Most historians credit Francis Hopkinson as the designer of the American flag. A congressman from New Jersey, Hopkinson was a patriot, lawyer, poet, artist, and signer of the Declaration of Independence. In late 1776, Hopkinson was appointed to the Continental Navy Board, allowing him to devote some of his attention to designing the flag.
Numerous records exist that concern Hopkinson and the creation of the American flag, largely due to controversy surrounding payment and recognition of his service. In 1780, Hopkinson wrote to the Board of Admiralty, requesting payment in exchange for his design of “the flag of the United States of America”, the Great Seal of the United States, and other ornaments and devices. He submitted a bill, suggesting that a “Quarter Cask of the public wine” would be a reasonable reward for his work. The claim would be refused, and the Board of Treasury would reject the request several times. By the time Congress passed a resolution asking that the claim be acted upon on August 23, 1781, Hopkinson had resigned his office as Treasurer of Loans. Though the journals of the Continental Congress show Hopkinson designed the flag, the Board of Treasury disagreed and claimed that Hopkinson was not the only person consulted and could therefore not rightly take all the credit. In addition, because Hopkinson earned such a high salary, the Board of Treasury felt that Hopkinson owed a service to the public, and the design was his way of paying that debt.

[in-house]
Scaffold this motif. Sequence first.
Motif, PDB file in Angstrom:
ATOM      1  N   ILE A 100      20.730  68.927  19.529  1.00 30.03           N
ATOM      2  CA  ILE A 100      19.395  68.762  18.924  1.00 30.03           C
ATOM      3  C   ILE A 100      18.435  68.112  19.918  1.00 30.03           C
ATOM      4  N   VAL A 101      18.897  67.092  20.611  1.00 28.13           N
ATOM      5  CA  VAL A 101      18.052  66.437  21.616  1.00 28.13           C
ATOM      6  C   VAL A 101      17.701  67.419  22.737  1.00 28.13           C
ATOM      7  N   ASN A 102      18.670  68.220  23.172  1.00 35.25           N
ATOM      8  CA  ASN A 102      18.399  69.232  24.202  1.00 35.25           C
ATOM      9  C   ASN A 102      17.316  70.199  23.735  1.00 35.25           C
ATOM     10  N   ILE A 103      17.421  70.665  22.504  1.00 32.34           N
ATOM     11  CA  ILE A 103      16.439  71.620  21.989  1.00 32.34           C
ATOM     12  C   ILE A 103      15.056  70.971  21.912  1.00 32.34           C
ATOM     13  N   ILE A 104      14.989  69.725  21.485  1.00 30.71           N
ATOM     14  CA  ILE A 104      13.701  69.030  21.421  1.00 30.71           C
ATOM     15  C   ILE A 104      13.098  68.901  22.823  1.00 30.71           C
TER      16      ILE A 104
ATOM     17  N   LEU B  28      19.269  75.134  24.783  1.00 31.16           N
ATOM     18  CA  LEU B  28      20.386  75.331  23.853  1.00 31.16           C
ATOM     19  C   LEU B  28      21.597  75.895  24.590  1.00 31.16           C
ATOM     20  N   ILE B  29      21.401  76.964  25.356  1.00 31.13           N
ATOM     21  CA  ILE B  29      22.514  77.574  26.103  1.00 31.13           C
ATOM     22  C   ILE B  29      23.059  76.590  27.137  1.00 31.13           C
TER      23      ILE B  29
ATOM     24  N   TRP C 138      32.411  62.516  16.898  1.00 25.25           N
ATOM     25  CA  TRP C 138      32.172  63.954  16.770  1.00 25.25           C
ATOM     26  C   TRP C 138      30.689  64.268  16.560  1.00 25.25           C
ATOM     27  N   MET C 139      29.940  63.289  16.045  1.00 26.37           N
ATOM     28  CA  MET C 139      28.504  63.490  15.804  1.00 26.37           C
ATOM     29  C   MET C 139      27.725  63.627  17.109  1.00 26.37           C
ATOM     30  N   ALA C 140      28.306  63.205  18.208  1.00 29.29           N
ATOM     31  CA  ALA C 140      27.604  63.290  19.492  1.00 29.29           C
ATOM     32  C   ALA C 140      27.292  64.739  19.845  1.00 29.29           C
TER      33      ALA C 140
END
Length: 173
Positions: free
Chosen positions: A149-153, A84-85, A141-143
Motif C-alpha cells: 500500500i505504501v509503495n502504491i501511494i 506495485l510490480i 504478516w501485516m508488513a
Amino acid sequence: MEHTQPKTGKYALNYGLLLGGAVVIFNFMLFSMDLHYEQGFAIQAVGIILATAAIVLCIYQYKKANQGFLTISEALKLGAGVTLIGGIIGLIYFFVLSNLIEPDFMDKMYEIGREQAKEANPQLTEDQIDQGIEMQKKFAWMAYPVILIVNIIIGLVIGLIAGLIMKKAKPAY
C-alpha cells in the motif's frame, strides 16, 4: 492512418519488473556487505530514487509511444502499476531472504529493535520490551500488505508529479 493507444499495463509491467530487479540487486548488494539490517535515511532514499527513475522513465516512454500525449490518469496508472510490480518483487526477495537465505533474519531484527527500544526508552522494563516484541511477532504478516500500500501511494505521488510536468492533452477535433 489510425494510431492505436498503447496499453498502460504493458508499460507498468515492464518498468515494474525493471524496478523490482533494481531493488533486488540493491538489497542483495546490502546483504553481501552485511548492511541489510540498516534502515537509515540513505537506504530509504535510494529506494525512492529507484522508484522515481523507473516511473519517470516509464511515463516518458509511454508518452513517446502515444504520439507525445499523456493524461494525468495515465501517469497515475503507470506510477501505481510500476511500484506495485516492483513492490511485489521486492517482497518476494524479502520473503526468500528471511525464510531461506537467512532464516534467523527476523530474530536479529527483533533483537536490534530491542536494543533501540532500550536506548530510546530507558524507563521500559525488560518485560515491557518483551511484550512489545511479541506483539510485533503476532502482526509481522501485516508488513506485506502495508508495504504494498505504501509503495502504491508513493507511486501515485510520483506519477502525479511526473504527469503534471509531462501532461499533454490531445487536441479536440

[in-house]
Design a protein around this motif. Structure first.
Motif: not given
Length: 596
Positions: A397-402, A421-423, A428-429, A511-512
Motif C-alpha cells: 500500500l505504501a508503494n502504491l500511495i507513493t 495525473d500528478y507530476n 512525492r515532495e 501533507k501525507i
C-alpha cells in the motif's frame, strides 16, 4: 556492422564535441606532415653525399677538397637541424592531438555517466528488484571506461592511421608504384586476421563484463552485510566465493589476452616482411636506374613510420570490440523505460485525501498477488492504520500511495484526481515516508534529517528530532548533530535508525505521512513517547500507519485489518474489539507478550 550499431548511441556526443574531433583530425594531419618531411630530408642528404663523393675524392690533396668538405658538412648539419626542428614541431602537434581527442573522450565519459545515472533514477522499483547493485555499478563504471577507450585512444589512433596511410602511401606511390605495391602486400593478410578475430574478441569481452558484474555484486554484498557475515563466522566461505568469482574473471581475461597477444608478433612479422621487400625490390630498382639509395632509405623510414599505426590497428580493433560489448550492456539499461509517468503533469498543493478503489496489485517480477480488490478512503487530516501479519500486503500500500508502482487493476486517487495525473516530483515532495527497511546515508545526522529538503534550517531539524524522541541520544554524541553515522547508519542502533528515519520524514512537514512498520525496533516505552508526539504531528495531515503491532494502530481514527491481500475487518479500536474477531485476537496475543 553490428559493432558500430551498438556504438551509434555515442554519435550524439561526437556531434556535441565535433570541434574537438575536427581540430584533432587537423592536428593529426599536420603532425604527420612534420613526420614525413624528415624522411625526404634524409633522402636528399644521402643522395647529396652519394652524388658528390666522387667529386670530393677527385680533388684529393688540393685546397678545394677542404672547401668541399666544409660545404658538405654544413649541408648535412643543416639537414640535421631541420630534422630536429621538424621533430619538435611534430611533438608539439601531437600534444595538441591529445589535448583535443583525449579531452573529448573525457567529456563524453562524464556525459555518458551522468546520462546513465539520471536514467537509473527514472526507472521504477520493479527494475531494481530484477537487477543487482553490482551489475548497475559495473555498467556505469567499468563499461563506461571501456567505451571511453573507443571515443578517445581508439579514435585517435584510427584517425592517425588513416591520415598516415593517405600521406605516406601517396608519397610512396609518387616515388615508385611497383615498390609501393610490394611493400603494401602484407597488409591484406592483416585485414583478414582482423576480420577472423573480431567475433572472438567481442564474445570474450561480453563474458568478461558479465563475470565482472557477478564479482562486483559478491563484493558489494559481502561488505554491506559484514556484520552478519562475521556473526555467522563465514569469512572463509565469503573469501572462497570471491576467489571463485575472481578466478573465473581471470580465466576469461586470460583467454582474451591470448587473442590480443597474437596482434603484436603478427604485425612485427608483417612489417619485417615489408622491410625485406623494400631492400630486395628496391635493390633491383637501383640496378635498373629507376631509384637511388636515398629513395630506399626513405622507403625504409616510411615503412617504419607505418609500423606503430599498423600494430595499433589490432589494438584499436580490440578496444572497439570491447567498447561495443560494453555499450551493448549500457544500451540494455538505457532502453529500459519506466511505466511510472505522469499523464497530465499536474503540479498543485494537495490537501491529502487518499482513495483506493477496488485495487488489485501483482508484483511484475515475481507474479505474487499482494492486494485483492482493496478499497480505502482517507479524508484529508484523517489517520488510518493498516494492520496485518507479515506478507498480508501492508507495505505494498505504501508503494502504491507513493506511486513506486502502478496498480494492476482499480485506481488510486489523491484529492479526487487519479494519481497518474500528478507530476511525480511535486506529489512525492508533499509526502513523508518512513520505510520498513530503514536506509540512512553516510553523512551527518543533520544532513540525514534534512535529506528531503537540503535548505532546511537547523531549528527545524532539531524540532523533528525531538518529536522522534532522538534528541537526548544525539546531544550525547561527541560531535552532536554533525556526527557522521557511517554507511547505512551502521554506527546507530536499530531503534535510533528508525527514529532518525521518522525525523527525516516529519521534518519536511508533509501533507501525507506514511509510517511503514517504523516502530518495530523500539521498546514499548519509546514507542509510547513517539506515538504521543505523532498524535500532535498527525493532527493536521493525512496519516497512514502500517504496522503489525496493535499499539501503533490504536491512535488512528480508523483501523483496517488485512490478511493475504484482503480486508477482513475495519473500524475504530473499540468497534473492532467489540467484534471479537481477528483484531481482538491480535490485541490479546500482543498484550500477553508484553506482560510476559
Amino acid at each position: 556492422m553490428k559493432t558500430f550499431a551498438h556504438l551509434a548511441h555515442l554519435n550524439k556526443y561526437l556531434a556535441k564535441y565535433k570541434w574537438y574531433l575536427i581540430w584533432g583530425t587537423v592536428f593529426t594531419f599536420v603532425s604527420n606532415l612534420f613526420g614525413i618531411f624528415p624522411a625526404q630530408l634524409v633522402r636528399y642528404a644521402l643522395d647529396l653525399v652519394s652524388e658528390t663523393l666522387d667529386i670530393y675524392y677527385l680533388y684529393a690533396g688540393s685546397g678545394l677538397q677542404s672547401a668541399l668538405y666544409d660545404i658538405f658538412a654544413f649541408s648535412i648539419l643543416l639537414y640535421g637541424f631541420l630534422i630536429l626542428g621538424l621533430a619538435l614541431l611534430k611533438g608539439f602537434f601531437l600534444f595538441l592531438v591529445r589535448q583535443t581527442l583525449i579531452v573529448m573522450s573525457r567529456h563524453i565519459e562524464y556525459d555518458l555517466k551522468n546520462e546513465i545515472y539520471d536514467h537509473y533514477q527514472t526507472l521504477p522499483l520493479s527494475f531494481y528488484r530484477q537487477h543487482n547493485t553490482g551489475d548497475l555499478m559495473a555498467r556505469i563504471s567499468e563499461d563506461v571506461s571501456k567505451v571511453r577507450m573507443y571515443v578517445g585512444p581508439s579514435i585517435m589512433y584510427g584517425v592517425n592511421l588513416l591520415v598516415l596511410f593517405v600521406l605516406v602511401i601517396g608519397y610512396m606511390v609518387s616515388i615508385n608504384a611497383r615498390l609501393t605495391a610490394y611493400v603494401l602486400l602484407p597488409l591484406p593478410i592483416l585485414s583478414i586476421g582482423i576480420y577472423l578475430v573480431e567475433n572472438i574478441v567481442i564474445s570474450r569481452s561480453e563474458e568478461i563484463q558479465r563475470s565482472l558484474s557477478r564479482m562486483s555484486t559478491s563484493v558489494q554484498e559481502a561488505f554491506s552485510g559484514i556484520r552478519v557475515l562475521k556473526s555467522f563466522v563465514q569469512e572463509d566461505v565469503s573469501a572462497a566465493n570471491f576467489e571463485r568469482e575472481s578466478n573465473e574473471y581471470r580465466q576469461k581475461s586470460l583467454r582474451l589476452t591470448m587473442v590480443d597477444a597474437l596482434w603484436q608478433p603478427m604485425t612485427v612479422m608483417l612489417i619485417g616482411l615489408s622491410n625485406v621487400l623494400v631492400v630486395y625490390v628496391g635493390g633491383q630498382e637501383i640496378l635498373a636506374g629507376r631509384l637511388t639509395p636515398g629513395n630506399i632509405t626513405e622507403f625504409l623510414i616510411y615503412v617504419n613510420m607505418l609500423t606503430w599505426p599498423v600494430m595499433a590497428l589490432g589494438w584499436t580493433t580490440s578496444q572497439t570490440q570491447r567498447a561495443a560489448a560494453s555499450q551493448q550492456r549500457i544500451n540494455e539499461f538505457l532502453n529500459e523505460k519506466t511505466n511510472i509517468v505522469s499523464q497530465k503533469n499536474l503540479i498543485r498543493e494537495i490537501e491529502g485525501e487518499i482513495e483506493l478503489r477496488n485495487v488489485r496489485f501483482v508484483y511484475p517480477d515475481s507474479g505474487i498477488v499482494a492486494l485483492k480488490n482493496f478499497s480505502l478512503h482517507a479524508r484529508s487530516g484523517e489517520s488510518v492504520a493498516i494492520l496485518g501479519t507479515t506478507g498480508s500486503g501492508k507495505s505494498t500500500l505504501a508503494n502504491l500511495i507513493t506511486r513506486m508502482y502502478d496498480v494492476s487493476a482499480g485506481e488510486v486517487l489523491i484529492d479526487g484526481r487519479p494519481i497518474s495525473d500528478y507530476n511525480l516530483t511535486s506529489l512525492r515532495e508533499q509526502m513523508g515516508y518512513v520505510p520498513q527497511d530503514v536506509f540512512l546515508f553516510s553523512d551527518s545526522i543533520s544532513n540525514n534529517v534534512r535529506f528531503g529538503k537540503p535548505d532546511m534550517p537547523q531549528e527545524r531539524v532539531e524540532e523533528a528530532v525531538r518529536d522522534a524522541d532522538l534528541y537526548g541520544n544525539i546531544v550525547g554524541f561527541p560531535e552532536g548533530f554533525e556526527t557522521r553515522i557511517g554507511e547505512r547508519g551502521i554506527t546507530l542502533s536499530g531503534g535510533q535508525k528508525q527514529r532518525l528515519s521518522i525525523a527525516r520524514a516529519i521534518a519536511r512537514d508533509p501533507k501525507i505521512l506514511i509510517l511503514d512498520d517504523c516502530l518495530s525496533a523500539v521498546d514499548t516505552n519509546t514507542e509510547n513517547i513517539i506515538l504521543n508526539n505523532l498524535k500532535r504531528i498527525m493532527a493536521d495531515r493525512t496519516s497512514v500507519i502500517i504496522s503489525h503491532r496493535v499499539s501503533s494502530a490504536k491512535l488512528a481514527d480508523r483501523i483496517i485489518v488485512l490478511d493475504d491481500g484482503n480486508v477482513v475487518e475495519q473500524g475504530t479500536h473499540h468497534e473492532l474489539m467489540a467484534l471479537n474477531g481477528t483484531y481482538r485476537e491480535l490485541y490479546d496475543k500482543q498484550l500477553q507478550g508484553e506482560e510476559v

Like the flag, the Great Seal, as seen here, has become a nationally and internationally recognized symbol.